More cases like this likely unless policy allows discretion to waive overstaying
There is an important footnote to this decision concerning the change in the rules which reduced the acceptable period of overstaying to 14 days and made it harder to qualify for this reduced grace period.
The rules now require, in contrast to the old rule that Ms Prathipati’s case was concerned with, that an application is made within 14 days of the applicant’s leave expiring and that there is a good reason for the application being late. If an applicant is seeking to make a second application, following an application which was made in time, then the good reason requirement does not apply (thus legitimising overstaying despite such conduct remaining a criminal offence). For a good explanation of these changes see Colin’s post on Overstaying and applying for further leave.
However what of the policy? The latest version, entitled Applications from overstayers (non family routes) seems to remove completely any discretion to waive overstaying beyond 14 days. For a ‘non-family route’ applicant; which essentially covers all work and study routes, there is no discretion whatsoever beyond 14 days. Indeed if you simply miss the expiry date of your visa, getting an application in within 14 days might not even be sufficient, since you will need a good reason too.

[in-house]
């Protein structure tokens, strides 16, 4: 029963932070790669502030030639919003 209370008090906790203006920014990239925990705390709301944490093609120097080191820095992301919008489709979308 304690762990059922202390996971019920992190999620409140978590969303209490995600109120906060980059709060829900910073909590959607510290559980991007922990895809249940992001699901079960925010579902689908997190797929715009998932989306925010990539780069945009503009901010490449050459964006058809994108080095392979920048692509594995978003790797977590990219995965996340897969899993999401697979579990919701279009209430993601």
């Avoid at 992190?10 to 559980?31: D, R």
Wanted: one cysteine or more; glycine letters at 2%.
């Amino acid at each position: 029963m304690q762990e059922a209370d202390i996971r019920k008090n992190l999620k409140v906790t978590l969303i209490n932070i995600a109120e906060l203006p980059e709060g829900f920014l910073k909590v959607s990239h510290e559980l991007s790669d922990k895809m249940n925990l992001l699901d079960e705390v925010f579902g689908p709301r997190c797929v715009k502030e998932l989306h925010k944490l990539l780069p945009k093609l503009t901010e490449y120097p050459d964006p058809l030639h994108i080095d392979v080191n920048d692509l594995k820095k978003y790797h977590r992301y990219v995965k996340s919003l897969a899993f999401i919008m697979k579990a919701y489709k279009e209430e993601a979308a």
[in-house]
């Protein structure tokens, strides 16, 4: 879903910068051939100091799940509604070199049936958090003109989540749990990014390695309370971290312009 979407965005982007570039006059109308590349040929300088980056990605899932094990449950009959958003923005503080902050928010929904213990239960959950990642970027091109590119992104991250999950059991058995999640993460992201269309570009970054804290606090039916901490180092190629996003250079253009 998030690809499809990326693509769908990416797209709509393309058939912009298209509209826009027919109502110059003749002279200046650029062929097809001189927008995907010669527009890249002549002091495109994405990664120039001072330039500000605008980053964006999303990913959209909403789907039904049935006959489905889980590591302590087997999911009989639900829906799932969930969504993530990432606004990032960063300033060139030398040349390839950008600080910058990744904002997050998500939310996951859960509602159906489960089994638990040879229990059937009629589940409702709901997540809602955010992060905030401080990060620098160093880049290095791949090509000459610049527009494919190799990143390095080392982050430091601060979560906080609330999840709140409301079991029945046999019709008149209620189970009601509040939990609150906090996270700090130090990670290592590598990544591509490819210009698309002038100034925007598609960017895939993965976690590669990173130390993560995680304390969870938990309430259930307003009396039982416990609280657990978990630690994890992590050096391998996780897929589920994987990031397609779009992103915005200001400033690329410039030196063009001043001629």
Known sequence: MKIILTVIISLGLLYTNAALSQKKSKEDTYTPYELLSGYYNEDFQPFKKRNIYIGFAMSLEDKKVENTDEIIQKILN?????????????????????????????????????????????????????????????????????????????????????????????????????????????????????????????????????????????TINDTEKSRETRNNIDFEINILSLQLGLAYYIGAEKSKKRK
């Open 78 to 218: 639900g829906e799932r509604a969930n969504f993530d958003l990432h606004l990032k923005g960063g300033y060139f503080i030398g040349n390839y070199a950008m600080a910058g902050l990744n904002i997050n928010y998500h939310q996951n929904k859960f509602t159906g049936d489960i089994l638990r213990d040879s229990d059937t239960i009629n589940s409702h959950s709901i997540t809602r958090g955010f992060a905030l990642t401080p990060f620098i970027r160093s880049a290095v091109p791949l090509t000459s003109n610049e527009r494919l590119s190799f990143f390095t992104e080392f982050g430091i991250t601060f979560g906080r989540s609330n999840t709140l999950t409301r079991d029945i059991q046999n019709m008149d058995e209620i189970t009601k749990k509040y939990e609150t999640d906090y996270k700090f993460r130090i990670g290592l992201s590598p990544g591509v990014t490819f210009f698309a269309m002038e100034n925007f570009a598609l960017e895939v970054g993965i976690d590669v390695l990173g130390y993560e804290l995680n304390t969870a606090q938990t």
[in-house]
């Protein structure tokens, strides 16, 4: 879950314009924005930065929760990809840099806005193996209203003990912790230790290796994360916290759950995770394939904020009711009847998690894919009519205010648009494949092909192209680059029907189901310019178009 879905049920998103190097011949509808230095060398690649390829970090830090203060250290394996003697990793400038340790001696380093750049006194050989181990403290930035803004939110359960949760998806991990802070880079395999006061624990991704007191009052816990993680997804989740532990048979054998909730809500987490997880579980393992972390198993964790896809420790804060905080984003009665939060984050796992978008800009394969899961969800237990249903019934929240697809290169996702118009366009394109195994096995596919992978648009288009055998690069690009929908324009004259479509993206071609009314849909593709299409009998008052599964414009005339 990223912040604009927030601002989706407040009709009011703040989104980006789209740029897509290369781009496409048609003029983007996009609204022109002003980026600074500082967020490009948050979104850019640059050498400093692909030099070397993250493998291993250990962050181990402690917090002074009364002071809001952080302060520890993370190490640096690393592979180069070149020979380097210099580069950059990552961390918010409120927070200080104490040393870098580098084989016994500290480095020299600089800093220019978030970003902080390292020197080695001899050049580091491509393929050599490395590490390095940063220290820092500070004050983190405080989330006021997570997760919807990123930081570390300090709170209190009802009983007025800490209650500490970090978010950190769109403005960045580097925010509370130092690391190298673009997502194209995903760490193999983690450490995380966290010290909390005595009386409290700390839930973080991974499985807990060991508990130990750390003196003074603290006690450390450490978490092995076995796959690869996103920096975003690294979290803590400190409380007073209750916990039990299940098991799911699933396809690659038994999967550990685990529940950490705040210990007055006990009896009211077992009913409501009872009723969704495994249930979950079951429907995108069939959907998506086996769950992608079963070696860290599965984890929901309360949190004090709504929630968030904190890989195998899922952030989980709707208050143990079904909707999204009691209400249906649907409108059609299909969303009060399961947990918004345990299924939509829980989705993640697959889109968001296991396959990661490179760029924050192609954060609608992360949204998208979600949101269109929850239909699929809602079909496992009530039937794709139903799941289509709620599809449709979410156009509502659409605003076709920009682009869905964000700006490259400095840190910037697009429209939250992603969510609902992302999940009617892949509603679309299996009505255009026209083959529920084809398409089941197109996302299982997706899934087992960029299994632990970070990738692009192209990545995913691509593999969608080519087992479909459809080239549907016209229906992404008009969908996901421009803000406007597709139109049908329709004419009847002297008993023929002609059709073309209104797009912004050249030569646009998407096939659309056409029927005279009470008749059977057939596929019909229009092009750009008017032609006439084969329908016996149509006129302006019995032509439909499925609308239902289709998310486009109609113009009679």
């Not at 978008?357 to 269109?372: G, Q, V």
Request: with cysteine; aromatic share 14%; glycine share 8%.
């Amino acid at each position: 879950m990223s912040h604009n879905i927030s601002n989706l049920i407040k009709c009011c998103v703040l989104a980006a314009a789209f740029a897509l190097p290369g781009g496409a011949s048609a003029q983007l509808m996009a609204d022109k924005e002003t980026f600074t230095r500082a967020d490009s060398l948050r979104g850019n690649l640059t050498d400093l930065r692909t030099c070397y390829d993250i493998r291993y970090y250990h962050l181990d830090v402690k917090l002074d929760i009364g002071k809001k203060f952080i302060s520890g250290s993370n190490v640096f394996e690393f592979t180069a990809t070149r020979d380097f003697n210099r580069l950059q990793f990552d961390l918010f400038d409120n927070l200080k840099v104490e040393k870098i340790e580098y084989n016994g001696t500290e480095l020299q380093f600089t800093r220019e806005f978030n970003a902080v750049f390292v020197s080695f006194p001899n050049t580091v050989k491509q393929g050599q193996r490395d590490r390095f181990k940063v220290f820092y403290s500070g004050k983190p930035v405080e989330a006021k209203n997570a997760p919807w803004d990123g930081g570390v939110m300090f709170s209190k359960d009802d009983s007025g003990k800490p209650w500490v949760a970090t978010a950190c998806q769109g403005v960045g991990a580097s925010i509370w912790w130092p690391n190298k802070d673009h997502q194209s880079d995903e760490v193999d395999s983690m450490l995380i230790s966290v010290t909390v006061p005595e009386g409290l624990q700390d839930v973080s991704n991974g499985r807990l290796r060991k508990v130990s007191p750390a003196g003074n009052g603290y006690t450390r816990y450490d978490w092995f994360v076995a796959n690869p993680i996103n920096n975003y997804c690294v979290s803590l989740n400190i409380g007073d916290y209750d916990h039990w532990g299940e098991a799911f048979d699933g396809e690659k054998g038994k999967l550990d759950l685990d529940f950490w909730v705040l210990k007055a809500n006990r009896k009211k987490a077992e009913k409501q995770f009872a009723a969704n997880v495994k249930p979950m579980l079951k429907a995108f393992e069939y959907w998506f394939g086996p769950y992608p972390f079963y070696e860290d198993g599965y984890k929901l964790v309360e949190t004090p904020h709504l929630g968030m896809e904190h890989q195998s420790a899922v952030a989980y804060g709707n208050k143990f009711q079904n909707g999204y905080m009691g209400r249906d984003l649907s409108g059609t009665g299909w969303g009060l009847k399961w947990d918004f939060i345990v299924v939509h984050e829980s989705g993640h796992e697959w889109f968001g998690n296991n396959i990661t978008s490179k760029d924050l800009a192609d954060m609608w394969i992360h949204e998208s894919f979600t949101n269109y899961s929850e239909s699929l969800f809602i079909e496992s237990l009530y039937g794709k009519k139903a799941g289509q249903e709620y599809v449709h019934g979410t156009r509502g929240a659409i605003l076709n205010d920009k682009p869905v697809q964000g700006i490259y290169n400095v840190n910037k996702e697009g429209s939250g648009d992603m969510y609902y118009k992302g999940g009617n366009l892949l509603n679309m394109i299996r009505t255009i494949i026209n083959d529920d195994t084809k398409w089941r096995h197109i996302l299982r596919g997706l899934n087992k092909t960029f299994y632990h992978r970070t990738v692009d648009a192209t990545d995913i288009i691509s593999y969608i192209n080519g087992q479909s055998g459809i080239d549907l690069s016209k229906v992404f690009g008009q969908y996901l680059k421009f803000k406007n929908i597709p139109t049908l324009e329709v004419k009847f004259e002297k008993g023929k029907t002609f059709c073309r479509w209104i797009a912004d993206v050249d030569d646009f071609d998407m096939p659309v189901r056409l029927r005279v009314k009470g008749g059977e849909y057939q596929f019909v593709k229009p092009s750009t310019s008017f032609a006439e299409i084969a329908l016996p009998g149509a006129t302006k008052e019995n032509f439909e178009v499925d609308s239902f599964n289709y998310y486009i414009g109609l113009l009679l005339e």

The significance of the ‘non-family routes’ aspect is that under the rules relating to family members of British citizens and settled individuals, namely Appendix FM, the decision-maker must consider Paragraph EX-1 if there is overstaying beyond 14 days. An applicant would therefore need to show “insurmountable obstacles” to family life continuing abroad, and therefore any justification for the overstaying is rendered irrelevant. Succeeding under paragraph EX-1 would then place the applicant on a ten-year route to settlement rather than five.
The new system is likely to be a fertile ground for judicial review, precisely because it is so draconian. Currently, even with the most compelling excuse imaginable, for example a serious accident or bereavement, there is no discretion, within policy or otherwise, to waive overstaying beyond 14 days for work and study routes. Even if the Home Office exercises discretion in compelling cases of its own accord, without a structured policy it is impossible to ensure that any discretion is being exercised fairly.
All of which massively increases the prospect of further judicial review challenges, and further valuable court time grappling with the kaleidoscope of rule changes and administrative unfairness.